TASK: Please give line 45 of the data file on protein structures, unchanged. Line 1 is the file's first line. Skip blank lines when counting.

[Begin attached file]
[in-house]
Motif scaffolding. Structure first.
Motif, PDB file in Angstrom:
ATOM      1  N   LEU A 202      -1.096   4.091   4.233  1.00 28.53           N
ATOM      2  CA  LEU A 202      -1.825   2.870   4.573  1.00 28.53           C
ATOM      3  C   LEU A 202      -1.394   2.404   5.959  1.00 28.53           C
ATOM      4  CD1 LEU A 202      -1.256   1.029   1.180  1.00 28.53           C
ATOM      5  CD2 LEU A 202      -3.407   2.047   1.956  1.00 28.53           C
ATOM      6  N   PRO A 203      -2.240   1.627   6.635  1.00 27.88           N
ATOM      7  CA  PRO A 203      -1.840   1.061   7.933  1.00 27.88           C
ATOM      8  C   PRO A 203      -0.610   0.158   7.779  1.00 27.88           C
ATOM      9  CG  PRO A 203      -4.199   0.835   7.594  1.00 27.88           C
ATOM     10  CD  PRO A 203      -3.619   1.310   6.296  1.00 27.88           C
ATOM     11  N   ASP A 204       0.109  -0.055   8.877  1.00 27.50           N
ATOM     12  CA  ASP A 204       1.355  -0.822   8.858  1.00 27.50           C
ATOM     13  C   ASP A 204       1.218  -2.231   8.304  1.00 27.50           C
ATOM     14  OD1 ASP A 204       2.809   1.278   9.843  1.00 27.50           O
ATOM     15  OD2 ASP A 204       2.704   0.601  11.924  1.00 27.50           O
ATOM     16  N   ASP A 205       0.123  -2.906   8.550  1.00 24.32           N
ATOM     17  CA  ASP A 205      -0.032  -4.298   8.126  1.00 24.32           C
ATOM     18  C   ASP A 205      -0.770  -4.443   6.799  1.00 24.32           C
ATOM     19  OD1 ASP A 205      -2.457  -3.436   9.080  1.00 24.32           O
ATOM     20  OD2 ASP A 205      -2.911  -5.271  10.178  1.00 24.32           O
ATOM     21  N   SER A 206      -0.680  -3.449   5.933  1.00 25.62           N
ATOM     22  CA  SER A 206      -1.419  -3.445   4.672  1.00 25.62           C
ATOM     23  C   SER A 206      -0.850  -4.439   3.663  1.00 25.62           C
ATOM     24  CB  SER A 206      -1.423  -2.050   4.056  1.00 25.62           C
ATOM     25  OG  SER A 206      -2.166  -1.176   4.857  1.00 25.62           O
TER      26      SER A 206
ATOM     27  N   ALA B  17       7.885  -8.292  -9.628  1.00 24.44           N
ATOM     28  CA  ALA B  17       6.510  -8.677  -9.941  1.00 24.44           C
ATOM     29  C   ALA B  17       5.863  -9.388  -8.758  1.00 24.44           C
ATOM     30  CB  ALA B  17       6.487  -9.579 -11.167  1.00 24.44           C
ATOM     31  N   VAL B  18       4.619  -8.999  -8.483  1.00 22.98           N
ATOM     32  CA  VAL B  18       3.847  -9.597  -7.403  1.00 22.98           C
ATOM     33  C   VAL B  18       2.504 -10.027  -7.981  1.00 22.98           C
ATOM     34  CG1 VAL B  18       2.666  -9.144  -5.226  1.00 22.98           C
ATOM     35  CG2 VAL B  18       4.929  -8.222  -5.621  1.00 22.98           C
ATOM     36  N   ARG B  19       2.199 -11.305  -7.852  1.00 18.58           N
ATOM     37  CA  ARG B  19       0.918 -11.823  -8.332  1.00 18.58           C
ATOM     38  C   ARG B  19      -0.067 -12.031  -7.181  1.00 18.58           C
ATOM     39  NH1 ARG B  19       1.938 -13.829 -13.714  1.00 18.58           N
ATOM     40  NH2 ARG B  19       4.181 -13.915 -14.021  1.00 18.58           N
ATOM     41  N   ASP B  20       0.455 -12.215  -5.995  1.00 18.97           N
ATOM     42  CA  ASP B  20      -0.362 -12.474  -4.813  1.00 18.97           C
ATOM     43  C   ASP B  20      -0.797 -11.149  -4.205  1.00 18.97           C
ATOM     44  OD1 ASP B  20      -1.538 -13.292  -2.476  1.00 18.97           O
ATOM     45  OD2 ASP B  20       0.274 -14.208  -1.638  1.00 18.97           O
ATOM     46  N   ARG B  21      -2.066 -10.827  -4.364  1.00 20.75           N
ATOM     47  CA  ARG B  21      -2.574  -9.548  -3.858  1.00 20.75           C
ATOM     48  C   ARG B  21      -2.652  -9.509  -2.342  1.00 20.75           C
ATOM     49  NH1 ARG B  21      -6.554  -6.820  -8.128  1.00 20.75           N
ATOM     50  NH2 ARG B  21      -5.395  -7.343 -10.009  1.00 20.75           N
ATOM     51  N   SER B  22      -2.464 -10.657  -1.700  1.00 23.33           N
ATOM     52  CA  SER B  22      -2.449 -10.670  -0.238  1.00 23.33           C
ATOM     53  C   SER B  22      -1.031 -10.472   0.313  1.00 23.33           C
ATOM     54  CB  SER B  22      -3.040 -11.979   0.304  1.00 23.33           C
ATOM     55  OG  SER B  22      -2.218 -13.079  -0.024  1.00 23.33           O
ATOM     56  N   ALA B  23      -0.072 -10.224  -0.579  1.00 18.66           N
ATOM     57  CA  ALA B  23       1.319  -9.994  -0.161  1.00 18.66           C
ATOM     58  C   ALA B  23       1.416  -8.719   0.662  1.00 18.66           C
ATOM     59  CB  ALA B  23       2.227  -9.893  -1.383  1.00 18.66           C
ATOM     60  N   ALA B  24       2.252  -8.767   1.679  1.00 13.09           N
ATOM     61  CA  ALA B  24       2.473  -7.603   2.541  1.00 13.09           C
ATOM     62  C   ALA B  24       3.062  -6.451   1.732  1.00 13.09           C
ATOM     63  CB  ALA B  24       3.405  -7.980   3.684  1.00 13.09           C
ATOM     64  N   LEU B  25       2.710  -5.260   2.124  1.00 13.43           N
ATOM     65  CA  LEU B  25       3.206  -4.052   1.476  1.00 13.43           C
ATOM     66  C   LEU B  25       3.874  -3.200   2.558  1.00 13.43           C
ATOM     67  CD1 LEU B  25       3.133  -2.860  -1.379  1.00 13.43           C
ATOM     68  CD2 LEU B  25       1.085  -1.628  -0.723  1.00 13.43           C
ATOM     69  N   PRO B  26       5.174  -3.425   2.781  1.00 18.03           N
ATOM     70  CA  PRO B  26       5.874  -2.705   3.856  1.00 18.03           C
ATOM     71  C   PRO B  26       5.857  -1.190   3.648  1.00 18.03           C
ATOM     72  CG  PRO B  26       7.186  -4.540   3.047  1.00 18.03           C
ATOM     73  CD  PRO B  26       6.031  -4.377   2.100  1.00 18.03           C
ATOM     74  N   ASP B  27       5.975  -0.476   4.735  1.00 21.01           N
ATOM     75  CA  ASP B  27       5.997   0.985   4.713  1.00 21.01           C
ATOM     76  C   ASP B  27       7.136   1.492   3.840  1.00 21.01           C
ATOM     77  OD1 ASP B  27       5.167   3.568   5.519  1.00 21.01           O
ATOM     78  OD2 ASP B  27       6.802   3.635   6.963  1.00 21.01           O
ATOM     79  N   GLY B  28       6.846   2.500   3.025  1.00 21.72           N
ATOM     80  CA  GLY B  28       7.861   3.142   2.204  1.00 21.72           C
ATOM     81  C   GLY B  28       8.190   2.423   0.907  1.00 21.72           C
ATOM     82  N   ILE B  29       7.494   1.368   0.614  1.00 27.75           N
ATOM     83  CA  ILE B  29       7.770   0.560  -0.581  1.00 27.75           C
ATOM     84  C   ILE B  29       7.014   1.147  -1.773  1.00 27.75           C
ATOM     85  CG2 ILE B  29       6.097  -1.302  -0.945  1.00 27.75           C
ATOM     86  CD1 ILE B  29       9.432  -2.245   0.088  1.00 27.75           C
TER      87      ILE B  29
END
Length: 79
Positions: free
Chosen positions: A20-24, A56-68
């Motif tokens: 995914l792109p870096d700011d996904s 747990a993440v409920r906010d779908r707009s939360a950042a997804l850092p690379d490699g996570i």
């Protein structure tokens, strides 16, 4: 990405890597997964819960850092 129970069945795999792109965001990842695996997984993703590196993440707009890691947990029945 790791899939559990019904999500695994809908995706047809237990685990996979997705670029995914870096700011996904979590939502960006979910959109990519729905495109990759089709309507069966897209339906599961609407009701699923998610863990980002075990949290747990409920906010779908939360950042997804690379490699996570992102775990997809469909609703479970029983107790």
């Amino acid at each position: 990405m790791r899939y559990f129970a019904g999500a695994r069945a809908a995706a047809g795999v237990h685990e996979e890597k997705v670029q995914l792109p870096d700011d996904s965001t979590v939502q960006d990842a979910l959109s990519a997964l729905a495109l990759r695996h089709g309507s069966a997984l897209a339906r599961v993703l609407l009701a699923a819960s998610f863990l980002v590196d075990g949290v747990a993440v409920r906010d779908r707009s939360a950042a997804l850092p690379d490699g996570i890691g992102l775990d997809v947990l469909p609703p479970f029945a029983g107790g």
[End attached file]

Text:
ATOM     42  CA  ASP B  20      -0.362 -12.474  -4.813  1.00 18.97           C